I wondered, after the killing, after the shooter was discovered, if the subsequent investigation would point to a loner, the classic psychotic so often associated with mass killings. And of course he was, as everyone has now learned. Symptoms of profound delusion were noticed by friends and teachers, and a series of disturbing incidents showed the gradual deterioration of the man's rationality. After the shooting, most of his friends talked about his increasingly isolated existence, and they reported that they weren't surprised when the killer's identity was finally revealed.
Something about the friends' responses really bothered me, and it took me a while to figure out what it was. But then I identified it, and it's this: in my life, I think I've known a few people who I could imagine being capable of committing a similar crime. A mass killing, an assassination, something terrible, and after the fact a TV reporter would be interviewing me and I would say, Yes, I saw the signs. I know I sound melodramatic here, but I swear that I've been acquainted with a few profoundly unbalanced people who genuinely frighten me with their unmasked volatility.
Disturbed by this, I conducted a brief, informal poll among a group of friends and asked them if they knew anyone capable of this kind of destruction. Initially, most people said no. But after a few moments, invariably the respondent would get quiet and then say, "Hold on . . . " And they would produce a name. It seemed that most people were familiar with at least one person who fit the profile.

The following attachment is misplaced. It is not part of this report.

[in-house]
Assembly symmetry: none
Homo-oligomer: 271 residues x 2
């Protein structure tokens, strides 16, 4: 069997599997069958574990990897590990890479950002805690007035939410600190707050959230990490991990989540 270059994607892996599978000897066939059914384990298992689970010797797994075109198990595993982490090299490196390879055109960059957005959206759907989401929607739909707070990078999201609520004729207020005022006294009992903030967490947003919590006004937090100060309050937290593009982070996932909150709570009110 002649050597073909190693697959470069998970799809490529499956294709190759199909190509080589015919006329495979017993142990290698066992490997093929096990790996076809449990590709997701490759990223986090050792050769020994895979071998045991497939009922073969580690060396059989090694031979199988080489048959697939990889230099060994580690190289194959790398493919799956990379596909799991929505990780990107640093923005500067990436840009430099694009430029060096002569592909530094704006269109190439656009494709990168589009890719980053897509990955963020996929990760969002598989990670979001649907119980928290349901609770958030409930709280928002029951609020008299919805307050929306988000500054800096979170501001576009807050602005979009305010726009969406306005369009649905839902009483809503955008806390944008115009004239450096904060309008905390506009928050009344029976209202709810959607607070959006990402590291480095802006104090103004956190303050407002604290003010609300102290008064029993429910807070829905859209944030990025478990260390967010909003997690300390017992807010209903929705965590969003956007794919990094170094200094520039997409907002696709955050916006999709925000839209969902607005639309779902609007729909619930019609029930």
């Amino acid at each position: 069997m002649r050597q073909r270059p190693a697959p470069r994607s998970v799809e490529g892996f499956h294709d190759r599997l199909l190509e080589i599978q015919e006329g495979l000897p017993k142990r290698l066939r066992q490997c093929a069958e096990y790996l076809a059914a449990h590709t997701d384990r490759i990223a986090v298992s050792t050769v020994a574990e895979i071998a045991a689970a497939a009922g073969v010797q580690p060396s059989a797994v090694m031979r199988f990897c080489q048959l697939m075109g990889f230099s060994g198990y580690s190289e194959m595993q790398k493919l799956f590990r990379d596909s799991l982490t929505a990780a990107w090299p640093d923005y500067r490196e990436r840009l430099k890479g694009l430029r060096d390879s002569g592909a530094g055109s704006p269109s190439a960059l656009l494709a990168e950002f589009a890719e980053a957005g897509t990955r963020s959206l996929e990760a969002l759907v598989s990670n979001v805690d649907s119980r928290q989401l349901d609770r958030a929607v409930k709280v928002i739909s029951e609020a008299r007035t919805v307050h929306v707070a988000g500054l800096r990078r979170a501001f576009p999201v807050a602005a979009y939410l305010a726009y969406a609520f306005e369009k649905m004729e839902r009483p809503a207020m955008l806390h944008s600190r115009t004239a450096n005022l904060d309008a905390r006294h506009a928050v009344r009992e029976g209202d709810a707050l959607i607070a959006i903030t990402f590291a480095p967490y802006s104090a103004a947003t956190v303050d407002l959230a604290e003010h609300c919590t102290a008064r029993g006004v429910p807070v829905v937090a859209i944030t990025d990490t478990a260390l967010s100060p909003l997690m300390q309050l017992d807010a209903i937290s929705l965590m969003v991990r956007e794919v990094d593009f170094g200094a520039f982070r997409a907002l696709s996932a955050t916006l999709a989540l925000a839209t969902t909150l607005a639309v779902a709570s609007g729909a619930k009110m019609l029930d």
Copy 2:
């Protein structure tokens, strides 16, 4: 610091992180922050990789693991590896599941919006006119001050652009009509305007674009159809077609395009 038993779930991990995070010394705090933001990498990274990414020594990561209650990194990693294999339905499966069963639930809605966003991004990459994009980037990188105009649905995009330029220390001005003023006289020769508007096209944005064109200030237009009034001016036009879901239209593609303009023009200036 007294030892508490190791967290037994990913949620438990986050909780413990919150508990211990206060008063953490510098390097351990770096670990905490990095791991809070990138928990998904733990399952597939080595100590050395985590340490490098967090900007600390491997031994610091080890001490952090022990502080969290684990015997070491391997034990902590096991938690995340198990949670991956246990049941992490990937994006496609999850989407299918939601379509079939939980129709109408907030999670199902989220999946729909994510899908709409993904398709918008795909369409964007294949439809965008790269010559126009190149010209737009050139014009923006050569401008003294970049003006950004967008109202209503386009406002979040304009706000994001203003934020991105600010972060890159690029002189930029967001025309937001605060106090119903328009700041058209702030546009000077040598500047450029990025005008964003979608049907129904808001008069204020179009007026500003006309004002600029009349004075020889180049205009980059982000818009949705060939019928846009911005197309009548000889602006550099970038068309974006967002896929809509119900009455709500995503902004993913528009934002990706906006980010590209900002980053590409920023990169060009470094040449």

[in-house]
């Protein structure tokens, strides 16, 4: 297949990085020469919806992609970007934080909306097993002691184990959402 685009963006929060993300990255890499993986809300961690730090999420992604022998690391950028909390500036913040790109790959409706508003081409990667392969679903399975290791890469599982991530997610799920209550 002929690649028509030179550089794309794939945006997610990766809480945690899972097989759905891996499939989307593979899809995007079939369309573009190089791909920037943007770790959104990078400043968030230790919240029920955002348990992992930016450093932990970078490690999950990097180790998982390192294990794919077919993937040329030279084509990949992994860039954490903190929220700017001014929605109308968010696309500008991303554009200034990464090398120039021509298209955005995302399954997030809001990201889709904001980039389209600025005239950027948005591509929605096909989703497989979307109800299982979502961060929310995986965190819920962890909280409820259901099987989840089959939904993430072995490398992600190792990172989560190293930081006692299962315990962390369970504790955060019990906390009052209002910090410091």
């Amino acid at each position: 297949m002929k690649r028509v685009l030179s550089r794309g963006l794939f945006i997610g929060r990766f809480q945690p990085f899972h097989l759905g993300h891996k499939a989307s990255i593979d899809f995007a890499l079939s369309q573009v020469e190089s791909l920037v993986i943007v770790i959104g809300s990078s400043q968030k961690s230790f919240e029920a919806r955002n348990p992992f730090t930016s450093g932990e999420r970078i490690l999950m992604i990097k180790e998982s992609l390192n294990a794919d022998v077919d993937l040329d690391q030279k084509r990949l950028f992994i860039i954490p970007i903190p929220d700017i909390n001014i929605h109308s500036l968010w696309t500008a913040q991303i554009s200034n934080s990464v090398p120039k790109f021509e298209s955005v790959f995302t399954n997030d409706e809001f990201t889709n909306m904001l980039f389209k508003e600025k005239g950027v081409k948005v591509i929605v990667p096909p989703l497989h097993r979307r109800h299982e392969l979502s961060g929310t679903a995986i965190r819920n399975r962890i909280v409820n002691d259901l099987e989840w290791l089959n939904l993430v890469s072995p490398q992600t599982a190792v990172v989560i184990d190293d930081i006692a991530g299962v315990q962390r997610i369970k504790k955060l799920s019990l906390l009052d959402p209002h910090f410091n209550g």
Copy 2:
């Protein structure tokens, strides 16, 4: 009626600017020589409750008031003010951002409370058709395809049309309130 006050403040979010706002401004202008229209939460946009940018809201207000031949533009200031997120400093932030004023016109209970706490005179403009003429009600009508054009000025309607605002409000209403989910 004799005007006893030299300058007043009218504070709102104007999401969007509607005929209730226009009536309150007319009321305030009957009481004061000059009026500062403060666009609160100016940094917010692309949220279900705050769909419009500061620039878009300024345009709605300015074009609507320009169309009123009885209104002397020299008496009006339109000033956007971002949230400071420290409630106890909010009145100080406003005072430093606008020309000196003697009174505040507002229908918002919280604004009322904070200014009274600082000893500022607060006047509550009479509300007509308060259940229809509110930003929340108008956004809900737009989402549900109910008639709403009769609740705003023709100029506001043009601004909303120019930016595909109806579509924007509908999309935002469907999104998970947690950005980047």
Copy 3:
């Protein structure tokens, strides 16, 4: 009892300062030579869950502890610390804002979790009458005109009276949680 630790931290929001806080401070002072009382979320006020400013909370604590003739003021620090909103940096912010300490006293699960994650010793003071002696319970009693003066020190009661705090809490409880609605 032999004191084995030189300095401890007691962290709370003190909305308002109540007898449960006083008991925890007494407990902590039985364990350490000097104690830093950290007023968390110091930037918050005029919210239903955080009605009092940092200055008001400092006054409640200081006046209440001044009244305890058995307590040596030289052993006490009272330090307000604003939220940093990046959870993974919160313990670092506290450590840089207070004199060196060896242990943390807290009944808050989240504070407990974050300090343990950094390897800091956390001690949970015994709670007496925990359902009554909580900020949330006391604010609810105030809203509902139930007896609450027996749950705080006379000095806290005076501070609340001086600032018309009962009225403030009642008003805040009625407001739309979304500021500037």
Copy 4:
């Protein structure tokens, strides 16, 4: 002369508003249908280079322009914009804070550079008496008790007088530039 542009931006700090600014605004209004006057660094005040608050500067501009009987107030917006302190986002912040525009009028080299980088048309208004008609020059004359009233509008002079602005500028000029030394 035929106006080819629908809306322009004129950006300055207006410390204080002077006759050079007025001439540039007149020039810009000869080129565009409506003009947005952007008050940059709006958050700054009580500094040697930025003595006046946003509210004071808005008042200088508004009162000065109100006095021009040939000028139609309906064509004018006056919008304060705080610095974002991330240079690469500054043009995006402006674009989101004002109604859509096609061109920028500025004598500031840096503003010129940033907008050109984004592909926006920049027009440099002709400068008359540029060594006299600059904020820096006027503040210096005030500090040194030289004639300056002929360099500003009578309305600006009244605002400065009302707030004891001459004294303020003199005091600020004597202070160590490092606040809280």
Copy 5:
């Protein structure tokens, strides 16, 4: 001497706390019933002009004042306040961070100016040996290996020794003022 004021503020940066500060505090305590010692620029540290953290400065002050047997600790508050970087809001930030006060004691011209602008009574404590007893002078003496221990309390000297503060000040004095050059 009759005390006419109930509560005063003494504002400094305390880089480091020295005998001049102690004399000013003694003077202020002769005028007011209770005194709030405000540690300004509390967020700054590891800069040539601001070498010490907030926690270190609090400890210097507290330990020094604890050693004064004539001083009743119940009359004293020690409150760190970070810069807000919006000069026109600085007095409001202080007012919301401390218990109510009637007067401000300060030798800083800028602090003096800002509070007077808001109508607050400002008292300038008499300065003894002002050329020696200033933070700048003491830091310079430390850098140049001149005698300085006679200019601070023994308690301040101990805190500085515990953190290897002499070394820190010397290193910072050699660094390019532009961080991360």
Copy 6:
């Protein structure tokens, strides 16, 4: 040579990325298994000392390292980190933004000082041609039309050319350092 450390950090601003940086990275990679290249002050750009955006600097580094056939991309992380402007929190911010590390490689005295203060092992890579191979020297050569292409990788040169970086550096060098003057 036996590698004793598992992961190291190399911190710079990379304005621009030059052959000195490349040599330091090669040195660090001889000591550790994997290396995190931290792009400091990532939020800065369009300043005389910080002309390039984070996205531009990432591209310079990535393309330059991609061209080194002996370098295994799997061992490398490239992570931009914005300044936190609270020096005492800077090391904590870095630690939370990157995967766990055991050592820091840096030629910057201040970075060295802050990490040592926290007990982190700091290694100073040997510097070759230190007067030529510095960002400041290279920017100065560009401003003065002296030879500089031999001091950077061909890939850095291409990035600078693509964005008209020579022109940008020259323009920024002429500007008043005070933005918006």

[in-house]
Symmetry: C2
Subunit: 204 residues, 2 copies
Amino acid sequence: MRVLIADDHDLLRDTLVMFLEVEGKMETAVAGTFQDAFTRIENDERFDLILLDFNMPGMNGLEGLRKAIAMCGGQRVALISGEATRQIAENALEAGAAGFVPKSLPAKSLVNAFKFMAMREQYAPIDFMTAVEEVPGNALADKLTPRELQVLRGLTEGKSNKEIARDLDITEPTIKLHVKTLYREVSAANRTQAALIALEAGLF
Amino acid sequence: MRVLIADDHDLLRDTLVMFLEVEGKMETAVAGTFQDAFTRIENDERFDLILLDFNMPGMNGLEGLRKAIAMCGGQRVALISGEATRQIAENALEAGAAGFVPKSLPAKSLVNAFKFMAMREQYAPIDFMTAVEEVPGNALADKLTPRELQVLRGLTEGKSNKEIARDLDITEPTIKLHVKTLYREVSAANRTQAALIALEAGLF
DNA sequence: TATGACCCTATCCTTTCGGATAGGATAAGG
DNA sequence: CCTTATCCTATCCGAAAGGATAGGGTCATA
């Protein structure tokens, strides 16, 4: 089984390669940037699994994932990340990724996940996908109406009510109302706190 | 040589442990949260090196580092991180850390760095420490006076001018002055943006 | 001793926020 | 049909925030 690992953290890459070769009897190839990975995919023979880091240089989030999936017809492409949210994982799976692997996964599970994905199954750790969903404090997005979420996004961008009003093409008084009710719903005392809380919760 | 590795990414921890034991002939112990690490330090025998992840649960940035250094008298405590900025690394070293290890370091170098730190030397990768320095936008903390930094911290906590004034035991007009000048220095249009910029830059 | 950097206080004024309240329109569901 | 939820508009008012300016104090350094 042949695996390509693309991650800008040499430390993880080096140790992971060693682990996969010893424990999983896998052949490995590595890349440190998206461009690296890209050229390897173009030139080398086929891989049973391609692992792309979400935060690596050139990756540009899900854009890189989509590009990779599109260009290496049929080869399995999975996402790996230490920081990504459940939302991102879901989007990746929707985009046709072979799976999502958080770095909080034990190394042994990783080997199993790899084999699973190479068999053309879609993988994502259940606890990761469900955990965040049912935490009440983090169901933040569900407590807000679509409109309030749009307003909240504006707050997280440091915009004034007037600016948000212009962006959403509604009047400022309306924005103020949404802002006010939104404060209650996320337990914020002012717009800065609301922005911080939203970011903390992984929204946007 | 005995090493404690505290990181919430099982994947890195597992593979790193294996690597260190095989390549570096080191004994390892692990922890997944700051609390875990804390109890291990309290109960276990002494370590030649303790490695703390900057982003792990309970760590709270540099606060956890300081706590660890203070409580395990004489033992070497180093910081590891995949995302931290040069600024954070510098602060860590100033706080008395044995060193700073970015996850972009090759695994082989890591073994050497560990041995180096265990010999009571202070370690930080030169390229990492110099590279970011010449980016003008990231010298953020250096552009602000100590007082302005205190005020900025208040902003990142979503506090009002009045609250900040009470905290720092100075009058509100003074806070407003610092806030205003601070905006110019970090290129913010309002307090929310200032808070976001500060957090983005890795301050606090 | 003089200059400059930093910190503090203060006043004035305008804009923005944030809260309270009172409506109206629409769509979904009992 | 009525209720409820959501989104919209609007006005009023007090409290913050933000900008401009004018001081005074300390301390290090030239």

This is all anecdotal information, of course, and proves nothing, though I'm sure my friends came away from the interview a little disturbed and uneasy. But it got me thinking, if my presumptions are truly correct — that I indeed know someone who is a ticking time bomb--what am I supposed to do about it? Contact the police? Call his family? Try to get him to a mental health center? I can't imagine myself doing any of these. What I'll probably do is what you'd do — avoid him, remain scared of him, hope you're not around if he goes off.
It's no secret that mental illness is a significant health concern in the United States — according to the National Institute of Mental Health, between 20 and 25 percent of all Americans experience some form of mental illness in a given year. "Mental illness," is, of course, a broad generalization and often difficult to assess, yet it's hard to dismiss some of the numbers — 14.8 million suffer depressive disorder, 5.7 million bipolar disorders, 2.4 million schizophrenia. Of the 33, 000 suicides in 2006, 90% suffered some form of mental illness. (Highest suicide rate: White, male, age 85 and over.) And while the stats show that only a tiny number of the truly psychotic are considered dangerous, that doesn't do me any good if I think I'm aware of someone who I think is capable. I wish I was a better person, the kind who can intervene, get confrontational, show empathy and true concern for the lost souls out there. But I'm not.